London: Facet Publishing, 2014,
The book is divided into three sections, each of three chapters, by different authors and with an introduction and overview by the editors. The first is “Rethinking Marketing and Communication”, followed by “Rethinking Support for Academic Practice”, and finally “Rethinking Resource Delivery”. The introduction explains this with clarity and offers some interesting general thoughts as background.
Inevitably with nine authors the chapters are of variable quality, but the overall feeling is of strong quality, good editing and a focus on the strategic, even if many particular examples are cited.
In rethinking marketing and communication the authors look at strategic approaches and practices which harness social media and illustrate the importance of communication and marketing activities in these new online spaces. Above all it is asserted that librarians need to find much greater clarity in defining user needs. Hicks argues lucidly and strongly for the more intelligent use of social media, less to promote the library and its collections and more to build relationships with users. She also provides some good practical examples of how tools can be used. McLoughlin and Benn begin with a brief history of reference services and a literature review. They go on to give a snapshot case study of the University of Western Australia before describing a survey into virtual reference services and their experiences in Australia in developing personalised services based on user need. Such models need to take account of users’ increased range of alternatives. Finally, Bury and Jamieson offer a case study in how their library at Edge Hill has been reshaped to be customer focused based on the creation of shared understanding amongst service managers of the need for a customer-centred marketing culture and how such marketing campaigns can reinforce the trusted status of the service. All staff are seen as having a role in advocacy and relationship management.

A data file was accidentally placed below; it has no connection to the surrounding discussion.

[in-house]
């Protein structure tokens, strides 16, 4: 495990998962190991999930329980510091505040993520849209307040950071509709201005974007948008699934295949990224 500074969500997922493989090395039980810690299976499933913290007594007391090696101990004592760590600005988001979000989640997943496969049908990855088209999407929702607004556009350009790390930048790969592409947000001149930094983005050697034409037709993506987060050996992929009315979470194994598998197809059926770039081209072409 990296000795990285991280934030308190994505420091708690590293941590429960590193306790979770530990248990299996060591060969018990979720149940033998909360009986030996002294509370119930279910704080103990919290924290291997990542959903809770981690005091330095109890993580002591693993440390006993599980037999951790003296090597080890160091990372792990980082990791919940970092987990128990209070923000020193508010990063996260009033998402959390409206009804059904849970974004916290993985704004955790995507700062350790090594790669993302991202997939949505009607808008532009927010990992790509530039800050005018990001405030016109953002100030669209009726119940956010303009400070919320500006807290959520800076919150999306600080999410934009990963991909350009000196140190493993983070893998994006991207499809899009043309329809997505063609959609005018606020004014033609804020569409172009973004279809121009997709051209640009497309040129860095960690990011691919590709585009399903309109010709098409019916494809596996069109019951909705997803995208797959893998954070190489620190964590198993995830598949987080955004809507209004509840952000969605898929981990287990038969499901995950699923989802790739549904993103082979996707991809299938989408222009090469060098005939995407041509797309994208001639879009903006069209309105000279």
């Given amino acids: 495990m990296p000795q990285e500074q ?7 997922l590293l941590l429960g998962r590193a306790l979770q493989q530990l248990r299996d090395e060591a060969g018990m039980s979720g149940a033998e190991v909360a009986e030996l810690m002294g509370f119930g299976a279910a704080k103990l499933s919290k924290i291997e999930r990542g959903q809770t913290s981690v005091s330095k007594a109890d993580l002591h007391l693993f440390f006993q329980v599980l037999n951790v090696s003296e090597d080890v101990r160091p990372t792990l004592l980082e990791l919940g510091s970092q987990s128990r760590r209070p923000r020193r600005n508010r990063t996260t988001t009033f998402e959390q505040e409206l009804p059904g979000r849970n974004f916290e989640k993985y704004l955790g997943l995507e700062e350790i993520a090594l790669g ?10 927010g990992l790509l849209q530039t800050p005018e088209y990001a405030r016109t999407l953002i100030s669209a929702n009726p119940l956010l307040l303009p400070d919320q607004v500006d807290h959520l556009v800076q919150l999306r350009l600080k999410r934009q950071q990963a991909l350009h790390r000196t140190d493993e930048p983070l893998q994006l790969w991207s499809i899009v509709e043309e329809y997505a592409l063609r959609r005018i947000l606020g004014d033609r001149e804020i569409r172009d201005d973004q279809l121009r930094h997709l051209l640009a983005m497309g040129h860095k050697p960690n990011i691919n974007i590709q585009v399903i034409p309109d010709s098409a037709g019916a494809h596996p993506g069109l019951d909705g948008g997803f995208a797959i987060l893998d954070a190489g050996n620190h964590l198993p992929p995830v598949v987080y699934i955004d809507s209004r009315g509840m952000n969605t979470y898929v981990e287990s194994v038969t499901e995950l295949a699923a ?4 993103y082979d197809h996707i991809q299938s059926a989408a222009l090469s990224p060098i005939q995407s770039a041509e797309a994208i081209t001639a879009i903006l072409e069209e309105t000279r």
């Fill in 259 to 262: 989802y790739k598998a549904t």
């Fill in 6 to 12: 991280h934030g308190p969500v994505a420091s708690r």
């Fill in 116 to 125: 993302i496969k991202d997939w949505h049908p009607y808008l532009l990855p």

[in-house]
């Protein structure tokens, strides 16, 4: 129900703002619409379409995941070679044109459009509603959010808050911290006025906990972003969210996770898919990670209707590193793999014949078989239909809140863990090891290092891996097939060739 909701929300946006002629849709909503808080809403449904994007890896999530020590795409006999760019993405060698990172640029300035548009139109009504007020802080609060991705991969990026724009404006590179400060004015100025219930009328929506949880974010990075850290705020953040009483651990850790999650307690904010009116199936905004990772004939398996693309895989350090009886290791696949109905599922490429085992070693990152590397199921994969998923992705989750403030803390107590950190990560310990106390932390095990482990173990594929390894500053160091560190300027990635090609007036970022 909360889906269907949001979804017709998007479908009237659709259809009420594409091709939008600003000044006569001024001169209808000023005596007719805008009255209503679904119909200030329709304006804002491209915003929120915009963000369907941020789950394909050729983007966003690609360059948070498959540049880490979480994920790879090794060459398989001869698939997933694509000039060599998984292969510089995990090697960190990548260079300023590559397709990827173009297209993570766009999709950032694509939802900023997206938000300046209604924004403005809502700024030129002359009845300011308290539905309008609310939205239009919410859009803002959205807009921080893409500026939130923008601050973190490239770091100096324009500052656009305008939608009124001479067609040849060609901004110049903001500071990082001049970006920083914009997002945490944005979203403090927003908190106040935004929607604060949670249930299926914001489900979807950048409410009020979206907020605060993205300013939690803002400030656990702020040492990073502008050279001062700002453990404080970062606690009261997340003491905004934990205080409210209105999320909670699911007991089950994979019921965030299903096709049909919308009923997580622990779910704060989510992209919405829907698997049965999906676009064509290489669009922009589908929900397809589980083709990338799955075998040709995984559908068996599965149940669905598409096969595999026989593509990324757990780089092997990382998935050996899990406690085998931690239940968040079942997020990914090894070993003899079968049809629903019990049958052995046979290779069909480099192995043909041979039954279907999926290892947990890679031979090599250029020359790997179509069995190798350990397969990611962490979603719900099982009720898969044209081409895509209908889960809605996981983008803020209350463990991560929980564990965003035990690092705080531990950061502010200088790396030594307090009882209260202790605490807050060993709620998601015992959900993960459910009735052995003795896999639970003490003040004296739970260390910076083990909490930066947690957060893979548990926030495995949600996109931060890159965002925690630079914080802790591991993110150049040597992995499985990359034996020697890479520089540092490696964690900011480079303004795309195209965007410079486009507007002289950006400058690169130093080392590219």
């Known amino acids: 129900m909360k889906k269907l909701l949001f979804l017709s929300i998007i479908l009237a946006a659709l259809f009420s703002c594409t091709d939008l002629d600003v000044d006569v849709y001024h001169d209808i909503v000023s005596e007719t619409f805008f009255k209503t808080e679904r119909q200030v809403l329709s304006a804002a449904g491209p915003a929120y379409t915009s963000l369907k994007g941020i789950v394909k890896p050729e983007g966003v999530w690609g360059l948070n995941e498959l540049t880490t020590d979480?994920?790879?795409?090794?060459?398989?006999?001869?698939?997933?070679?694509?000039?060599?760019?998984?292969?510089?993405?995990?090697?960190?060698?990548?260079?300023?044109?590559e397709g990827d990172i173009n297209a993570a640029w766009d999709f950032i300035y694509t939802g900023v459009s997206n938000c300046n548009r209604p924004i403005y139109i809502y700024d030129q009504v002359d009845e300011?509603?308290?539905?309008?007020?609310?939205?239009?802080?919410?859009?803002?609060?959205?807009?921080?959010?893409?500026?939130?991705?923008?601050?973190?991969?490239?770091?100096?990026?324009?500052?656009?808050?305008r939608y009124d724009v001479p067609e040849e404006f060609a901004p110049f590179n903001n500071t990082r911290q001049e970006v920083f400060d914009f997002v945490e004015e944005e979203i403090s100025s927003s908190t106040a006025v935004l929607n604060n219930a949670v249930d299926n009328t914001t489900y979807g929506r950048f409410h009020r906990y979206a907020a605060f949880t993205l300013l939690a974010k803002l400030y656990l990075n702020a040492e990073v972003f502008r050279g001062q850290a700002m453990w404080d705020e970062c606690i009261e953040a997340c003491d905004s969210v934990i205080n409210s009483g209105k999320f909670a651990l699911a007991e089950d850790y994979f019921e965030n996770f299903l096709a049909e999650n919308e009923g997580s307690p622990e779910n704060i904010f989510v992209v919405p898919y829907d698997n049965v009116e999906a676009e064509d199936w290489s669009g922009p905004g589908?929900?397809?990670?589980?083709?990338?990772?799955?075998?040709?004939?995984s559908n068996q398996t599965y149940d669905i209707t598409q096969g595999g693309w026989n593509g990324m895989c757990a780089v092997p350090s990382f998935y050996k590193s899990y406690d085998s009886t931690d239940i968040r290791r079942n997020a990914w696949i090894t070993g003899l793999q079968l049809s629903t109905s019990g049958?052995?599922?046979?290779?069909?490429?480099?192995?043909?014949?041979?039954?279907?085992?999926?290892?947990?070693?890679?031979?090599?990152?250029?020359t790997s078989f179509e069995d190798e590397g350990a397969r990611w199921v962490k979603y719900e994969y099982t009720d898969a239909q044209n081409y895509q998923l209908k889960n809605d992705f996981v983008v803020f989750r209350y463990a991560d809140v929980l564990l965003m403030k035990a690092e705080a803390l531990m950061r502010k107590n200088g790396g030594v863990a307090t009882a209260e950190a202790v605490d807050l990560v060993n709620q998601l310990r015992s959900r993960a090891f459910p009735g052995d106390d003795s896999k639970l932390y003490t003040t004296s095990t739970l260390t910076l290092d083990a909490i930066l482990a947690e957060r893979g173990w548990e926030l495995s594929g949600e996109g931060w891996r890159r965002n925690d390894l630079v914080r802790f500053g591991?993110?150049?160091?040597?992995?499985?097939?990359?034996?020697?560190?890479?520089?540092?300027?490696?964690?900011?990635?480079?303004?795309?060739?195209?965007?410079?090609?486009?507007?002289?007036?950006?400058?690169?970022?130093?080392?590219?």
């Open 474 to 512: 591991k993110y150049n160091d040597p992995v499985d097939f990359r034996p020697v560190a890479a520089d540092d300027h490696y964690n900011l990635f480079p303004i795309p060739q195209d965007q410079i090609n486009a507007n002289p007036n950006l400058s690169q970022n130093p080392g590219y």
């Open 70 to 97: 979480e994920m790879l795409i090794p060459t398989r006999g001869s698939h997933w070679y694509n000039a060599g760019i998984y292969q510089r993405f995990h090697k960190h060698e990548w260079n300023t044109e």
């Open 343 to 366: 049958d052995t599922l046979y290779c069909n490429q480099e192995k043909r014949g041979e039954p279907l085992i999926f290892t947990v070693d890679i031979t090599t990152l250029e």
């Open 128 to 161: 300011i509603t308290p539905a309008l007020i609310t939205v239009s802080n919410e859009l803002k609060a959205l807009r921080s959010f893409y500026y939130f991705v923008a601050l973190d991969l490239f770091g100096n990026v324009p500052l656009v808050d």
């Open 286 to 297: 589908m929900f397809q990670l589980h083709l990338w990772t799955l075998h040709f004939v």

The second section covers rethinking support for academic practice and examines the professional expertise required of librarians who engage with and support new academic and learner practices in digitally rich teaching, learning and research environments. Howard focuses on Open Educational Resources but looks more generally at new and evolving roles in support for and use of open and digital content. This covers everything from advice on IPR and copyright to staff training. Davidson then looks at the research environment and how the role of librarian can be extended helpfully into the area of research data management, particularly in support of early career researchers. This is also fitted into the delivery of wider institutional strategies as part of a corporate team. Mitchell and Underhill then look at the student experience, at promoting digital literacy and working with students to help them establish their digital identities through the Digital Tattoo project based at the University of British Columbia. It focuses on helping students to make informed choices.
The final section on rethinking resource delivery investigates the use of strategies to maximise access to online resources and services and offers examples of innovative practices and services. Munro describes experiences at the University of Glasgow in developing a mobile library service as a matter of strategic policy. Charnock and Palmer explore the use of circulation data as a tool to inform recommendations on future reading. The final chapter by Bent explores library support for an overseas campus and stresses the importance of engagement in the university’s planning process.
The editors are respectively Dean an Assistant Head of Learning Services at Edge Hill University. Both are active in SCONUL. The work is then a lively and engaging set of papers on current thinking and practice on developing library policy and strategy. The cleverly chosen mix of authors from ancient and modern universities, from data and learning services, from three continents and with a wide range of skills and experience demonstrate that the issues discussed and debated are of universal and not particular interest. Messages on visibility, relevance and influence abound and many of the chapters have useful case studies. Perhaps most important is the reminder that libraries are support services and their focus must be on enabling users to meet their goals not imposing the library’s goals on users.
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